In human studies conducted in a Romanian orphanage, only orphans who were adopted by foster families before the age of 2 were able to develop emotional regulation skills comparable to those of the never institutionalized children6. Those who remained in the orphanage suffered from deprivation of social contact or maternal care. Social impairments and the lack of emotional regulation skills were evident.
The sensitive period of emotional self-regulation is therefore believed to be from birth to age 2.
There are different critical periods for different visual functions. They usually fall between birth and puberty7.
Early research shows that visual acuity develops from birth to around age 5 and the period between ages 3 and 5 shows the most growth.
Stereopsis, the perception of depth, has a critical period that ends at 2 years of age.
Susceptibility to damage in visual development also has its own critical period. For instance, amblyopia, the condition where one of the eyes has reduced vision because the eye and brain are not working together properly, can result between several months of age and 7 to 8 years.
Absolute Pitch in Music Listening
Absolute pitch is the ability to identify and produce the perfect pitch of a musical sound without external sounds as reference points8.
Children who started musical training between ages 4 and 6 are most likely to reach the absolute pitch.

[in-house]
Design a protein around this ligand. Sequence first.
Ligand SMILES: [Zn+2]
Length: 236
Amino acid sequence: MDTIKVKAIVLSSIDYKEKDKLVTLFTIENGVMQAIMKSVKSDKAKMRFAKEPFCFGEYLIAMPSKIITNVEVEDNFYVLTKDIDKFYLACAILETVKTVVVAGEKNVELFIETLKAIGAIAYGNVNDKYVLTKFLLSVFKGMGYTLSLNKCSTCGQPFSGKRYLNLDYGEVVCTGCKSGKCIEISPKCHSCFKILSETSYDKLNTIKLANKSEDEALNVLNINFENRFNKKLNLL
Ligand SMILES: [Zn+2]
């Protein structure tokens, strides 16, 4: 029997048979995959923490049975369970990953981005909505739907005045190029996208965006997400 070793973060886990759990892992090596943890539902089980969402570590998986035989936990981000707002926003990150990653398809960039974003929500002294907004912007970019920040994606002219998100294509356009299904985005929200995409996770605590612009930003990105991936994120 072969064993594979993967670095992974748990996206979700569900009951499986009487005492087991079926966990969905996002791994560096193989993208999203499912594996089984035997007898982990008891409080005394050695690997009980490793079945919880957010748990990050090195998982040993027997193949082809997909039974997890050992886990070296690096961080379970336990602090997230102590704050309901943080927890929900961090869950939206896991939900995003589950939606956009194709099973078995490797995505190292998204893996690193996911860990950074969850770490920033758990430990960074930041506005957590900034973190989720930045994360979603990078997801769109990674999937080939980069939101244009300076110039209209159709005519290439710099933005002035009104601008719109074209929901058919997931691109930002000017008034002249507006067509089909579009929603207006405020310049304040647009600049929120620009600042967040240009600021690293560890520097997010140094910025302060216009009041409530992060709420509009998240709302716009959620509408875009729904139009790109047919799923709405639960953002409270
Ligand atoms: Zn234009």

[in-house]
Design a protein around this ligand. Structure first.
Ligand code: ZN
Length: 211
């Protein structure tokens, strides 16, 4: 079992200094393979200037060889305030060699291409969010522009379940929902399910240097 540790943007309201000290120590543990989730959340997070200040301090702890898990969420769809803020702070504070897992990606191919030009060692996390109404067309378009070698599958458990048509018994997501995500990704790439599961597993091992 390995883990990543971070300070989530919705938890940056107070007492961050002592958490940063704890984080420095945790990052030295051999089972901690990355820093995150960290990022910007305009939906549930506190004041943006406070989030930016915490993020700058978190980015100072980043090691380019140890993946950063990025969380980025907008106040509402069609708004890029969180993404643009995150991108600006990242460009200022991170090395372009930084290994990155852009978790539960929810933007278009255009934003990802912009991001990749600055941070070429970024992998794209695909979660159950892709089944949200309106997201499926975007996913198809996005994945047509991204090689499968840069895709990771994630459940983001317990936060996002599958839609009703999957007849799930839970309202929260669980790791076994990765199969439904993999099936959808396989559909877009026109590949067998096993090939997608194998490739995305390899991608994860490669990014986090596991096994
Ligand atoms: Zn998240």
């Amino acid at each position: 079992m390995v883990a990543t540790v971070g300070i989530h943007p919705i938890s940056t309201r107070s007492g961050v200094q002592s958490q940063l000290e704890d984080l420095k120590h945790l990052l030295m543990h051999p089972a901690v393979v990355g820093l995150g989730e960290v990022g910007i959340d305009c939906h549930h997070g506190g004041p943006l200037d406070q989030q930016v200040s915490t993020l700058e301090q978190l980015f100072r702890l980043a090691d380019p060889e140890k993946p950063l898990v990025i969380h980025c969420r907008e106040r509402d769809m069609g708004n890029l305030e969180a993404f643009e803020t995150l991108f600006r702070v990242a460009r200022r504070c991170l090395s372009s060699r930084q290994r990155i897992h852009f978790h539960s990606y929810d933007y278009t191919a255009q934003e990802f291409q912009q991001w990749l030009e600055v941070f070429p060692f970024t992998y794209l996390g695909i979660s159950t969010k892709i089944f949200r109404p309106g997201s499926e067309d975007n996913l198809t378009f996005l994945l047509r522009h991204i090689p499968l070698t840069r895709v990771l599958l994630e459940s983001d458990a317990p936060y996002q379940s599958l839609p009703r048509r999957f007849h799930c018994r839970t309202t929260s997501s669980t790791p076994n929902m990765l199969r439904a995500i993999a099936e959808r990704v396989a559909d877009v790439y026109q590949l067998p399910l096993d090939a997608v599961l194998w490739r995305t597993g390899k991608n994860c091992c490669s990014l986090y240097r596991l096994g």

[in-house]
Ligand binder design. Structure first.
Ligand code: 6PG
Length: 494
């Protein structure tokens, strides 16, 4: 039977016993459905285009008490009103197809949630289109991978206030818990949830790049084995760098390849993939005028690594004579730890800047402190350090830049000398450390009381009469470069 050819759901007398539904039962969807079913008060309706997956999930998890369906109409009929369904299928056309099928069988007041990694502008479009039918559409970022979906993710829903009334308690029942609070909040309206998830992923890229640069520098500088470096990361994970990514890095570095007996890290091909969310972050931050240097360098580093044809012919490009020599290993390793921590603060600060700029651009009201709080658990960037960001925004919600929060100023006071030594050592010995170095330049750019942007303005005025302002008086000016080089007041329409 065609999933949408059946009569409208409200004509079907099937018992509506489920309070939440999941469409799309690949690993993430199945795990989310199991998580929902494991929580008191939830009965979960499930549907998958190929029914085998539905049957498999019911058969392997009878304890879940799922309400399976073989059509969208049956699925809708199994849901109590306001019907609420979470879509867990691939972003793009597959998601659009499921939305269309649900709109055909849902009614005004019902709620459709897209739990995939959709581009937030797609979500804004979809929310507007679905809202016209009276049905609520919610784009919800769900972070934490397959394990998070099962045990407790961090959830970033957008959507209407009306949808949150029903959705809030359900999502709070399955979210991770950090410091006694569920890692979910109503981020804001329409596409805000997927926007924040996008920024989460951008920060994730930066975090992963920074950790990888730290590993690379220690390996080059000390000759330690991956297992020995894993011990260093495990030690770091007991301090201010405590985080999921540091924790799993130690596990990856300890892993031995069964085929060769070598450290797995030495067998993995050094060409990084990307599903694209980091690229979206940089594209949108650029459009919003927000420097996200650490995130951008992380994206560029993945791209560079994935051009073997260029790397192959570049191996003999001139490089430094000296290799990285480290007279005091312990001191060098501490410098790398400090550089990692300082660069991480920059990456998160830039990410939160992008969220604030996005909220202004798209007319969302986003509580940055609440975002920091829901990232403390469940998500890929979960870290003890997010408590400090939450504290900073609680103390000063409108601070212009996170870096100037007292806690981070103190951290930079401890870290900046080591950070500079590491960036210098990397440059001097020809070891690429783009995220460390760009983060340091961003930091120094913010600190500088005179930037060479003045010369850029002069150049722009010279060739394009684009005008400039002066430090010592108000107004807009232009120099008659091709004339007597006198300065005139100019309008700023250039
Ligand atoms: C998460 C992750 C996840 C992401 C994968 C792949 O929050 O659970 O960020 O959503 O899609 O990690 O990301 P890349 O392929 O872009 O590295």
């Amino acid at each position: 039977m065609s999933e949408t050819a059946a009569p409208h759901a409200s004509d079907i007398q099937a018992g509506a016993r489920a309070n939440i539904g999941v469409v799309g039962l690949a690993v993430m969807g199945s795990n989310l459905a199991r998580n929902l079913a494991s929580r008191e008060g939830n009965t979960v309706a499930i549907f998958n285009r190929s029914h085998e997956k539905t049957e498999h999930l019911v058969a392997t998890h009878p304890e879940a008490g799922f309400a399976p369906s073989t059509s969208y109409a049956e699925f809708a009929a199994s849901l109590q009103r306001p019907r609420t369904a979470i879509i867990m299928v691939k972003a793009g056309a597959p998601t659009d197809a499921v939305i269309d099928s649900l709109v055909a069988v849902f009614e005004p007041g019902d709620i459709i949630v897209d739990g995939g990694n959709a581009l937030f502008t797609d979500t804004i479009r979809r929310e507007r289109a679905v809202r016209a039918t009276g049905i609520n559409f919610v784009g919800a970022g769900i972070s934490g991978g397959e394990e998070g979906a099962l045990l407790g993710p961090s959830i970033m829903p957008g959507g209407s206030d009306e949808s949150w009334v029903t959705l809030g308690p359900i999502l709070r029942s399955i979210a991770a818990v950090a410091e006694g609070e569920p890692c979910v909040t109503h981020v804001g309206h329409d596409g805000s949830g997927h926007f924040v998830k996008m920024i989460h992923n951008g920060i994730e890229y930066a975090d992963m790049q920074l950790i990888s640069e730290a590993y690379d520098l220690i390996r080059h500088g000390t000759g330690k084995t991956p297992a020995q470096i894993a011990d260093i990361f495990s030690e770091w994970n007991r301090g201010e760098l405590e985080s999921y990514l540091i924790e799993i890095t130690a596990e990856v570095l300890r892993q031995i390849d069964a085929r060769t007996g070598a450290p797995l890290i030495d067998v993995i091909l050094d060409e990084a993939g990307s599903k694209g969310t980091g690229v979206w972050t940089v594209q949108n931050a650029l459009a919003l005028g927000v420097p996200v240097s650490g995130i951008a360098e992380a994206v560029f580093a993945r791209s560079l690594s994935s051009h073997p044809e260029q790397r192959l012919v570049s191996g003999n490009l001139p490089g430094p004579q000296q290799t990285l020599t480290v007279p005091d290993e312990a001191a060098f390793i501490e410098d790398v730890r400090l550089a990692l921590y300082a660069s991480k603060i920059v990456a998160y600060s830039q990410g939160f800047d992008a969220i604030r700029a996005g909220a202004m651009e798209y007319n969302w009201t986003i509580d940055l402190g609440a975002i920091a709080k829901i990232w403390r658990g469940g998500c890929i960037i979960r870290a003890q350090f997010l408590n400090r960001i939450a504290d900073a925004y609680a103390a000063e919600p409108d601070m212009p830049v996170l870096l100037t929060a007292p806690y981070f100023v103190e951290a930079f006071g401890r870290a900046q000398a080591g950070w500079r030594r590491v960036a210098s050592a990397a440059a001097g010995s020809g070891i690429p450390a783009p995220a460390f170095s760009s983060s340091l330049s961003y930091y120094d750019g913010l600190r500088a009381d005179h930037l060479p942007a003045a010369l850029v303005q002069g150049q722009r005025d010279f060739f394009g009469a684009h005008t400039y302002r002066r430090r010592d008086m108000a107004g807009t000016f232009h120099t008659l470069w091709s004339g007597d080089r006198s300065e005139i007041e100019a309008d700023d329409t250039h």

But training that occurs after the age of 9 rarely leads to that level of proficiency9.
For children who are born with congenital deafness, the absence of auditory input from birth can severely affect their ability to learn to speak.
Scientists have found that when cochlear implants are installed to bypass the non-functional inner ears in deaf children before age 3.5, they can most likely learn to speak successfully, especially if they are also exposed to language-rich environments10.
Critical Period For Language Acquisition
When applied to language learning, the Critical Period Hypothesis states that there is a critical time during which individuals are more capable of acquiring new languages with native-like proficiency.
The critical period for language development begins in early childhood and concludes shortly before the onset of puberty2.
After that period of development, it becomes much more difficult to acquire new language competency3 and full mastery, even in a linguistically rich environment.